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Proof about inner product spaces

  1. Jun 27, 2009 #1
    1. The problem statement, all variables and given/known data
    Suppose V is a real inner-product space and (v1, . . . , vm) is a
    linearly independent list of vectors in V. Prove that there exist
    exactly 2^m orthonormal lists (e1, . . . , em) of vectors in V such
    that
    span(v1, . . . , vj) = span(e1, . . . , ej)
    for all j ∈ {1, . . . , m}.


    2. Relevant equations



    3. The attempt at a solution

    Alright, just to be sure I have the right idea (this is not the proof attempt)
    I'll consider an orthogonal basis {u1} with j=1 so the non orthogonal basis for V
    is {v1}.
    I guess that if j=1 then let u1=v1 so e1=u1/llu1ll so two possible orthonormal lists are {e1} and{-e1} then after adding an additional element to the basis {v1} (call it
    v2) j becomes 2, the non-orthogonal becomes {v1,v2}, the orthogonal basis is {u1,u2}
    and u2=v2-proj_u2(v2) and e2=u2/llu2ll (with the other possible orthonormal basis
    being -e2) but since e1 and -e1 cannot share
    the same list, they must be put in separate (but similar) lists which double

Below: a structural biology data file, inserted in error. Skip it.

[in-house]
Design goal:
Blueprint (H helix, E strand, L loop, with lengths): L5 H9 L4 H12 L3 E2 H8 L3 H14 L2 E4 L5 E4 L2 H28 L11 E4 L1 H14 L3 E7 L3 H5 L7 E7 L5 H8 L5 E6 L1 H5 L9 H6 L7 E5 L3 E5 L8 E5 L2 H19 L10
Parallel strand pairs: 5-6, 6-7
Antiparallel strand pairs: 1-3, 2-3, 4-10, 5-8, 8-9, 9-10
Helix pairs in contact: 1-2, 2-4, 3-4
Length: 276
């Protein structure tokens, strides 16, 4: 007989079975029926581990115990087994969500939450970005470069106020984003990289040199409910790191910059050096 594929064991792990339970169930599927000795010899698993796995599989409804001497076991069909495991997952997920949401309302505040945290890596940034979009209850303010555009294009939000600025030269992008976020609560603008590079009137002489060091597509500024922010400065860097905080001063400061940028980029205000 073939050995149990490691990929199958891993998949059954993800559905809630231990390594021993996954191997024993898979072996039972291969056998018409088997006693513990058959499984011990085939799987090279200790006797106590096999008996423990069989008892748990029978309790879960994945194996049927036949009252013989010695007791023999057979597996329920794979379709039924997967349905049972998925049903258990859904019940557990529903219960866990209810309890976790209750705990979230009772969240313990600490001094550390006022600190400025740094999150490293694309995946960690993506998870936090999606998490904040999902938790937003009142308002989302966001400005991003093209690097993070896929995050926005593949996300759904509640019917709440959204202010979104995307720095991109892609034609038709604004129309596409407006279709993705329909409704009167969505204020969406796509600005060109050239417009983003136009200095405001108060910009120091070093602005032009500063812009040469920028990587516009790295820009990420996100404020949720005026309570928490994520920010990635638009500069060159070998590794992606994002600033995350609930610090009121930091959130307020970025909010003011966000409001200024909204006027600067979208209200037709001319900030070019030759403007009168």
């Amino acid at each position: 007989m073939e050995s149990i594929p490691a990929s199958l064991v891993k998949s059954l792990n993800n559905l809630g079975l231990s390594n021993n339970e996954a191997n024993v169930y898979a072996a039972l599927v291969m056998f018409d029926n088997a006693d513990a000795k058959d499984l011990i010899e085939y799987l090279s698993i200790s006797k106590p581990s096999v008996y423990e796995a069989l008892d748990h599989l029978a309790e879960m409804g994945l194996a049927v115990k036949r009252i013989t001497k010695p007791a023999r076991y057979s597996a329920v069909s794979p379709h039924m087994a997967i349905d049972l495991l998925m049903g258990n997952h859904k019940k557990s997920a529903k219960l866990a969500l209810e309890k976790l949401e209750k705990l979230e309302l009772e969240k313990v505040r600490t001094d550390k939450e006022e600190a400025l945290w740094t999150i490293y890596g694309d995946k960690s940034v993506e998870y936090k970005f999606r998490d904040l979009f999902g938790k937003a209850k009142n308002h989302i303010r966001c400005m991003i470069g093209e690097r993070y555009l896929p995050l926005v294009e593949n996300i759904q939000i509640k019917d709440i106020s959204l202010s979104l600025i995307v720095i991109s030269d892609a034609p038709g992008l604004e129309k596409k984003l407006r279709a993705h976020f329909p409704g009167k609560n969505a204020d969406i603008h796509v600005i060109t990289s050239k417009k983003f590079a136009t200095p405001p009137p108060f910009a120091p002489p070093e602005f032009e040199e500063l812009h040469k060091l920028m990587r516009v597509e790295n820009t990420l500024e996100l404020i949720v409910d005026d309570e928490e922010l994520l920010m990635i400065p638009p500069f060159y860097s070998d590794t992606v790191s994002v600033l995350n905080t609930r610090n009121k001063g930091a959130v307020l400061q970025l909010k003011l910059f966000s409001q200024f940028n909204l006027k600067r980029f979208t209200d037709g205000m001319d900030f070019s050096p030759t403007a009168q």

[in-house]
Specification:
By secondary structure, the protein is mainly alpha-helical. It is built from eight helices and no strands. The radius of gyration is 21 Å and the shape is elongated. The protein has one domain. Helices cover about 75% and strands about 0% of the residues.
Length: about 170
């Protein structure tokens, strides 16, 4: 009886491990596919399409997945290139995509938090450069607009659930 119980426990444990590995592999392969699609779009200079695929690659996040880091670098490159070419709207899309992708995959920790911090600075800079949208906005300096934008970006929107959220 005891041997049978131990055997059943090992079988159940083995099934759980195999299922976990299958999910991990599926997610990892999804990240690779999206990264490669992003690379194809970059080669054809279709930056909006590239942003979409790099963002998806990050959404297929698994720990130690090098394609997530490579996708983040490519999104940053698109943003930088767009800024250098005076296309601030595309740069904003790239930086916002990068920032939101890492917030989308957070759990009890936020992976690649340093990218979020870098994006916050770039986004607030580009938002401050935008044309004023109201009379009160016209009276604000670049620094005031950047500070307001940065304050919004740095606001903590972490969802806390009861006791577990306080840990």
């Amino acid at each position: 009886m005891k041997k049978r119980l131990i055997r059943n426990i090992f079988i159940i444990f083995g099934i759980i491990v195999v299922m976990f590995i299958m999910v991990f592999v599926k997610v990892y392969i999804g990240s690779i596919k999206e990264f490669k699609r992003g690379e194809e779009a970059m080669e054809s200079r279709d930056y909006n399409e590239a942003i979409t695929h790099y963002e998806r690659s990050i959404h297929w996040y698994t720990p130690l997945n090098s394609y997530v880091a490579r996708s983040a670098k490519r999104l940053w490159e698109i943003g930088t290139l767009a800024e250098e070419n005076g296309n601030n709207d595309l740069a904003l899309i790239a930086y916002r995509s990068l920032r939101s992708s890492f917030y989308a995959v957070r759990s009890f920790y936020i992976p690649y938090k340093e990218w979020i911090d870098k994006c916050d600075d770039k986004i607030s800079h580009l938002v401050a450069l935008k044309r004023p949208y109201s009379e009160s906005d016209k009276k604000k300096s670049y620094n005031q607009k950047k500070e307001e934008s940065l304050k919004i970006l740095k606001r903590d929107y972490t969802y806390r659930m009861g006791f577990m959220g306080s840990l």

the amount of lists from when j was 1 so now we have {e1, e2} and {e1, -e2}
    and {-e1, e2} finally {-e1, -e2} four possible orthonormal lists. If m=j, thats it,
    but if not, eventually when it does, we will keep multiplying 2^j by 2 as each vj is added to the basis {v1..vj-1}.
    This isn't the proof, just want to see if I'm seeing this right.
     
  2. jcsd
  3. Jun 27, 2009 #2

    Hurkyl

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    Re: proof

    Are you sure you stated the problem right? Consider, for example, that any two-dimensional real inner-product space has infinitely many orthonormal bases.

    (edit: aha, nevermind)
     
    Last edited: Jun 27, 2009
  4. Jun 27, 2009 #3

    Office_Shredder

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    Re: proof

    Yeah, that's the basic idea. Given [itex]e_1,..., e_{j-1},[/itex] there are two choices for [itex]e_j[/itex] and they are additive opposites of each other
     
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